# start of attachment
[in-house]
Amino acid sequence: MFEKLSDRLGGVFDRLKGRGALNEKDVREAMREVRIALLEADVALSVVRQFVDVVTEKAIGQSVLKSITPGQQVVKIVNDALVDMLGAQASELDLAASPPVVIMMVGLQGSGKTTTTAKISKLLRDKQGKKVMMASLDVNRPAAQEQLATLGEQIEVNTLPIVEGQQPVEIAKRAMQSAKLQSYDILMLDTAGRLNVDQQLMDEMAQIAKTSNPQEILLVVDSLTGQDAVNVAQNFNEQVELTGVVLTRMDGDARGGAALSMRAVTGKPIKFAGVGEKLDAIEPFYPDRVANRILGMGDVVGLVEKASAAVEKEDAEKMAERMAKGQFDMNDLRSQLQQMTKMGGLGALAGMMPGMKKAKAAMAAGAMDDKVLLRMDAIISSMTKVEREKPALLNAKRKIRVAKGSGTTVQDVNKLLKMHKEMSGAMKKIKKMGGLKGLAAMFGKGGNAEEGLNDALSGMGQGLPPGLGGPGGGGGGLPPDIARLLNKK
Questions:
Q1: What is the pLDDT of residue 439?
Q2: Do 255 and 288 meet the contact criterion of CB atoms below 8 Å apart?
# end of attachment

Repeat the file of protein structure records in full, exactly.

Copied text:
[in-house]
Amino acid sequence: MFEKLSDRLGGVFDRLKGRGALNEKDVREAMREVRIALLEADVALSVVRQFVDVVTEKAIGQSVLKSITPGQQVVKIVNDALVDMLGAQASELDLAASPPVVIMMVGLQGSGKTTTTAKISKLLRDKQGKKVMMASLDVNRPAAQEQLATLGEQIEVNTLPIVEGQQPVEIAKRAMQSAKLQSYDILMLDTAGRLNVDQQLMDEMAQIAKTSNPQEILLVVDSLTGQDAVNVAQNFNEQVELTGVVLTRMDGDARGGAALSMRAVTGKPIKFAGVGEKLDAIEPFYPDRVANRILGMGDVVGLVEKASAAVEKEDAEKMAERMAKGQFDMNDLRSQLQQMTKMGGLGALAGMMPGMKKAKAAMAAGAMDDKVLLRMDAIISSMTKVEREKPALLNAKRKIRVAKGSGTTVQDVNKLLKMHKEMSGAMKKIKKMGGLKGLAAMFGKGGNAEEGLNDALSGMGQGLPPGLGGPGGGGGGLPPDIARLLNKK
Questions:
Q1: What is the pLDDT of residue 439?
Q2: Do 255 and 288 meet the contact criterion of CB atoms below 8 Å apart?